I have ignored some signs - in fact, I ignored almost all of them at first. I ran from them as from a gorse-bush or a handful of nails offered as food. The descriptions of disjunctives and conjunctives is unbelievably obtuse. I have not read this article in detail. Perhaps I will some day - but only to question their homework. This article (and others also) tells me this "Atnah (also called Etnahta) is the main verse divider for the twenty-one books as ole veyored is for the three." This is simply a false statement as far as I can see the data.
I have not got all my data loaded yet, but the preliminary data for the psalms shows that ole veyored occurs somewhat frequently but atnah 5 times more often in a selection of about 10 psalms. A brief look at Job 3 confirms that. Ole veyored occurs only once in the chapter. But atnah 23 times. I will be returning to this problem later when I have developed better search tools for the necessary statistics. (I will admit that where both occur, so far, the atnah is always second. See first article on stats here.)
The atnah continues its role as the major disjunctive within a verse. (Here Jacobson agrees so far, I am glad to say). In brief SHV has the atnah as a cadence on the subdominant. In her work, there is no radical difference in the roles of the accents between the three books (Psalms, Proverbs, and the speeches of Job) and the remaining 21 (more of them if you count as in the OT). There are differences, but they are not so blatantly contradictory.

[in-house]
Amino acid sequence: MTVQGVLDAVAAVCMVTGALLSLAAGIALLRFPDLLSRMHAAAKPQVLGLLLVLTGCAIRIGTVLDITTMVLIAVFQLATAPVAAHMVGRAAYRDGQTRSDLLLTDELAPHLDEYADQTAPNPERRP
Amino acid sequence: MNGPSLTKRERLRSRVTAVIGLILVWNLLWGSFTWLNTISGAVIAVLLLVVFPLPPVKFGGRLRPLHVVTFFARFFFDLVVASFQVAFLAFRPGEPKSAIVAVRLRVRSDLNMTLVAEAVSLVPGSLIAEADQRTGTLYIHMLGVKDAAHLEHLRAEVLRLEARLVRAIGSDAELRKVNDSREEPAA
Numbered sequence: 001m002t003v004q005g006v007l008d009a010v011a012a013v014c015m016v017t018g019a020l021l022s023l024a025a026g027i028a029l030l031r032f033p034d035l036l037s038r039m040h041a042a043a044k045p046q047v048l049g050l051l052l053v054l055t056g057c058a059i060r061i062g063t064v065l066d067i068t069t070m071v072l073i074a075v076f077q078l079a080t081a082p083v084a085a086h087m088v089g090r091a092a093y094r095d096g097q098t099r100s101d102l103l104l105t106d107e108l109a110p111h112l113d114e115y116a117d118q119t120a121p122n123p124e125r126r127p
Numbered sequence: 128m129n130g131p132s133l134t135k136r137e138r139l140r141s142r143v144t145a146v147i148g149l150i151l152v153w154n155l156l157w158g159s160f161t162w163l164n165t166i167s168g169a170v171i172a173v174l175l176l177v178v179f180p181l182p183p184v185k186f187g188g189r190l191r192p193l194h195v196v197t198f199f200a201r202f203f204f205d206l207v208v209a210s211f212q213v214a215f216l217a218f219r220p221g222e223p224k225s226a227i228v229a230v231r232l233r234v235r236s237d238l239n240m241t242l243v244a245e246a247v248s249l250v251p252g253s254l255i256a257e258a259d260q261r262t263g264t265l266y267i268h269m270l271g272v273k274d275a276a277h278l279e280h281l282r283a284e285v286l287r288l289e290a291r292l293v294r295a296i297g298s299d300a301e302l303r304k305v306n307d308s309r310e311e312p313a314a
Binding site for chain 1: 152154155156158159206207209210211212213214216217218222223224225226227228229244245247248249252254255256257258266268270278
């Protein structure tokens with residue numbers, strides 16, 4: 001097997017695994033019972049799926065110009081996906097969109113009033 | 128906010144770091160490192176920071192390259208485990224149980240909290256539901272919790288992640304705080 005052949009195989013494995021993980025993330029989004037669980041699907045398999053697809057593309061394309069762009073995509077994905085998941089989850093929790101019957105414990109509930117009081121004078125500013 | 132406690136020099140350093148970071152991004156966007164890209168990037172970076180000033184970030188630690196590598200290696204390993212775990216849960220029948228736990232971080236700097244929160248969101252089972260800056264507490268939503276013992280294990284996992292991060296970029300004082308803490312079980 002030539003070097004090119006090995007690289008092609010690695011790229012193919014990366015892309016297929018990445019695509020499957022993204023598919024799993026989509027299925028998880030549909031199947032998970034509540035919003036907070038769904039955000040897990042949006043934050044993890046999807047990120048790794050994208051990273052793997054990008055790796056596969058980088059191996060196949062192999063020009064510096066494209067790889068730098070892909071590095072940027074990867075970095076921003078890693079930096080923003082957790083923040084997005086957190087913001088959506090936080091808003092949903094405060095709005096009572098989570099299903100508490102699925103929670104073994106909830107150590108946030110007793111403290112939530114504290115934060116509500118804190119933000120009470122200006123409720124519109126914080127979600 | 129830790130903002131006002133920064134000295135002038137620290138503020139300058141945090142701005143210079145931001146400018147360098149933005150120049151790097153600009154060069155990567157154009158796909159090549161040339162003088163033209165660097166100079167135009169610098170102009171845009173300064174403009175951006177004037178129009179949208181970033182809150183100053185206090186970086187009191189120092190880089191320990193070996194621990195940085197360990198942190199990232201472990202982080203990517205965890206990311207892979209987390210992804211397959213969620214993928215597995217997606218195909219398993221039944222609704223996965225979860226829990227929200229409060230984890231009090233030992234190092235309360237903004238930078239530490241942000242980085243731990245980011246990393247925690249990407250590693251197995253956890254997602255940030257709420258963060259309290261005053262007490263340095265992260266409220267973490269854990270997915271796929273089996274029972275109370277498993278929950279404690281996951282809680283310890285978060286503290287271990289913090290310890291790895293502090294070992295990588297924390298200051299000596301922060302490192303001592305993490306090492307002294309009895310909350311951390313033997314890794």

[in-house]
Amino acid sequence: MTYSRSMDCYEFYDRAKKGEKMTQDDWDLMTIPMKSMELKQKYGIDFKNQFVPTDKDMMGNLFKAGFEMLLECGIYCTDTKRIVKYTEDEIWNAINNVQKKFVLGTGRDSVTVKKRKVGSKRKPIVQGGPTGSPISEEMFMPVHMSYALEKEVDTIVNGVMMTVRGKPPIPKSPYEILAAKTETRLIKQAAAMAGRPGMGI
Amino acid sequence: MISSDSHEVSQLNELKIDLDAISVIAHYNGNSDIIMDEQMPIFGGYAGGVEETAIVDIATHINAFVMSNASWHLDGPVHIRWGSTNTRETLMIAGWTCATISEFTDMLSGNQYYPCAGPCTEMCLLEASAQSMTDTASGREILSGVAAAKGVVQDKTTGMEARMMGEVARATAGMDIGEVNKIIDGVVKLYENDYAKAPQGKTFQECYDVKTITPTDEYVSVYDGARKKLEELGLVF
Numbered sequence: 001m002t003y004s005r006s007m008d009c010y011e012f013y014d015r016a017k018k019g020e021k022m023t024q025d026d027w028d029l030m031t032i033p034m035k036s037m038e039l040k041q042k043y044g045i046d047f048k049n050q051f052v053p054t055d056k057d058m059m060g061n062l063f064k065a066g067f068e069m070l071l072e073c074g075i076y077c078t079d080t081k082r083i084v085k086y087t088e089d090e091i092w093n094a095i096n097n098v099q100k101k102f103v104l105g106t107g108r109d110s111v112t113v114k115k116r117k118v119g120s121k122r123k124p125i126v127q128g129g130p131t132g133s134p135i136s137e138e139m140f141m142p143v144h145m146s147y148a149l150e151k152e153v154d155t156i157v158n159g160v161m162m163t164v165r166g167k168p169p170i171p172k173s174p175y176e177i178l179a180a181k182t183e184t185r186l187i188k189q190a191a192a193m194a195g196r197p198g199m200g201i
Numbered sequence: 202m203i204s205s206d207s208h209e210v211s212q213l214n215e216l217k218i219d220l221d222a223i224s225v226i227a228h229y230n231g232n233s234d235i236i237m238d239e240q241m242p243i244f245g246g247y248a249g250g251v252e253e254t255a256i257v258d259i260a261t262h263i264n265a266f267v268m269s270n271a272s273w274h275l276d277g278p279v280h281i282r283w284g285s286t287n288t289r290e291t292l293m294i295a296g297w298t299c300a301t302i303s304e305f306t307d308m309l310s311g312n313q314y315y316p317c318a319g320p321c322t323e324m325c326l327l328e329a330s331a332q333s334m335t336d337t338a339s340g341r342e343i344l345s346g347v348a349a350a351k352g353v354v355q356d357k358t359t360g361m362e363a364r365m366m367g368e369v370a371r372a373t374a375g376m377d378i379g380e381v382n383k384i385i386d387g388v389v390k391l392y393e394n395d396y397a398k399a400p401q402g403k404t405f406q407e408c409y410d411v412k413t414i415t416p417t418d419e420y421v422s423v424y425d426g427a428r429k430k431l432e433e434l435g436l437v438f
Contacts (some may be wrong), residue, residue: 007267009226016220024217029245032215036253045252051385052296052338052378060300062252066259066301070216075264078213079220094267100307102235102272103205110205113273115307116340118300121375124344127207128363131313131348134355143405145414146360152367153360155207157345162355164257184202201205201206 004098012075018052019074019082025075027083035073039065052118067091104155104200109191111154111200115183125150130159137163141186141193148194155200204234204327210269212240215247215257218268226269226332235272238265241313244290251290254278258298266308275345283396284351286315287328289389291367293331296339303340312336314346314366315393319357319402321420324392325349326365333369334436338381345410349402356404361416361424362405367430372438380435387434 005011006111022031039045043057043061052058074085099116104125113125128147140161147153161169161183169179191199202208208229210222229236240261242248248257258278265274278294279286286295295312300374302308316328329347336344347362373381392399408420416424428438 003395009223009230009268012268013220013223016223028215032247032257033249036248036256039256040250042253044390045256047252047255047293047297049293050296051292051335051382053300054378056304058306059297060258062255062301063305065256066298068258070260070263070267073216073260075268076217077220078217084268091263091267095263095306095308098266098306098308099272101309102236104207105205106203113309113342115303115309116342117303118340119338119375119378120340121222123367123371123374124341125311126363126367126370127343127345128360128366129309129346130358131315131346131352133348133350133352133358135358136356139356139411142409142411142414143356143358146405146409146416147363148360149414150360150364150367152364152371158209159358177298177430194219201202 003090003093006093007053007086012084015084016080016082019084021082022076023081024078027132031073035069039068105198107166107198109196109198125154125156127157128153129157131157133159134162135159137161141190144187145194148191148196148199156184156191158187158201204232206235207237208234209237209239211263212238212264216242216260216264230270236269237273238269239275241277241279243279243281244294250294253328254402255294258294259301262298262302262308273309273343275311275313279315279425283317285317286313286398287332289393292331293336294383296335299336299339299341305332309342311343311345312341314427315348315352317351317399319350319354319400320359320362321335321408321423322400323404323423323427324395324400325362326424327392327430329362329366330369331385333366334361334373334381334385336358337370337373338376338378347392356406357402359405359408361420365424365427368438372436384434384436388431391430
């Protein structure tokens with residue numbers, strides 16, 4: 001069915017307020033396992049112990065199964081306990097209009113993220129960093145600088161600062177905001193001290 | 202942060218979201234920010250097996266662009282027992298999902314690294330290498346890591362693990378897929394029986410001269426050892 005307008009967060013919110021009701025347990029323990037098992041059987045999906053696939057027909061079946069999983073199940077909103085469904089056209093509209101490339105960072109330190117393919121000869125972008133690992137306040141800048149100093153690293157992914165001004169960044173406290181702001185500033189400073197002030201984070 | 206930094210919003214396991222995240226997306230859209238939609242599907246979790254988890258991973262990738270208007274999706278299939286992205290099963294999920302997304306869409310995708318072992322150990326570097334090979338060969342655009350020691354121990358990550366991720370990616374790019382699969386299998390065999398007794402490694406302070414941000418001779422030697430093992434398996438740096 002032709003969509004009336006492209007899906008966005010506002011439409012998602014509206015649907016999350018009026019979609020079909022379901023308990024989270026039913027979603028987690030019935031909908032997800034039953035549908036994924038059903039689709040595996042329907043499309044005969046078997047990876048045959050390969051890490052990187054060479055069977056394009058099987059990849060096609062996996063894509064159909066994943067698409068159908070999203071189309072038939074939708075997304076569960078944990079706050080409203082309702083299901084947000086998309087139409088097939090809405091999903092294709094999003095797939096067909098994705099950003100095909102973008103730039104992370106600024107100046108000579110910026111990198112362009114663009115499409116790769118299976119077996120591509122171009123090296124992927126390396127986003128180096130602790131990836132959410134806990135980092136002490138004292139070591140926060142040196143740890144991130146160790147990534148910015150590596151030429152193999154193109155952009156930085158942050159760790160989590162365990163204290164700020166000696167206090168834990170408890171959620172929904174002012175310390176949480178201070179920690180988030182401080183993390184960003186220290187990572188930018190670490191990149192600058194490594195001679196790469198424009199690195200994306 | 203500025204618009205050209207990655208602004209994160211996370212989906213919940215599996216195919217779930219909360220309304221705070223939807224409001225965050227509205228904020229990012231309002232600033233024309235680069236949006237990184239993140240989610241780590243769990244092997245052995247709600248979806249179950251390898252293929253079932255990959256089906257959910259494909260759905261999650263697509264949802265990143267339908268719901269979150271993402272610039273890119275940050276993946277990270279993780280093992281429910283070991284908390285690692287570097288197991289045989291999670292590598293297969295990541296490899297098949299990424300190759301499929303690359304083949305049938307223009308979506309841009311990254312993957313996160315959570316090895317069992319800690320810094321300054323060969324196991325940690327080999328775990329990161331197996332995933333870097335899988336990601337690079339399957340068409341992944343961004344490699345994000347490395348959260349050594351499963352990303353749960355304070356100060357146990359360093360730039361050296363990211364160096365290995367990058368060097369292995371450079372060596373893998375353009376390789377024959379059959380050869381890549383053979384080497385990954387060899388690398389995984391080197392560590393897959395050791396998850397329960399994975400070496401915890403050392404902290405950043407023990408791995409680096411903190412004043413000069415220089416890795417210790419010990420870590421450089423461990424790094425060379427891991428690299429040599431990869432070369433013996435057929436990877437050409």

Here's a bit of Jacobson's intro.
You can see some minor problems here:
- 'the inflection had to be memorized'. As punctuation this is humanly impossible. As music it is humanly possible.
- the signs were 'devised' in the 'seventh century'. No substantiation for this is offered.
- 'one symbol would have been enough, not thirty'. I am not sure there are thirty. But 24 or thirty is too much for punctuation and enough for music. [31 here but not all actively used]
Nonetheless, let me not be ungenerous. I will learn some music from this book, even if he is struggling with the idea of punctuation as the primary explanation.
And from Jacobson's first several examples, we do learn how accents distinguish the same word as two differing words, how they aid pronunciation and stress, and how they resolve ambiguity. All this without getting to the music! The music does this also of course, through cadence, recitation change, and ornament.
Example 1: Genesis 29:6-9, two ways to pronounce באה (ba-ah) and hear its meaning. This is rather good - clearly I should use these signs for automated translation as well as music - but I'm not there yet. The first is accented on the second syllable, a natural result of that syllable falling on the first beat of a bar, the second is accented on the first syllable, the result being produced by the ornament. Same word, two meanings: is coming, and came. (Here I am quoting Jacobson, not analyzing verbs).
Example 2: 1 Kings 8:48, two identical sets of letters, two differing roots. I bet my root algorithm got this wrong. The differing words are known again by the stress that the music gives them. Oh punctuation! Can you imagine memorizing punctuation! The first is the root שׁוב, (to turn, return) the second is שׁבה, (to capture).
Example 3: decoding the grammar. The music makes it clear who is speaking and what he is saying. The choices are: A servant said, I am Abraham, or Abraham's servant said, It is I, or He said, I am Abraham's servant. This is the best example to support punctuation, but music does the job admirably.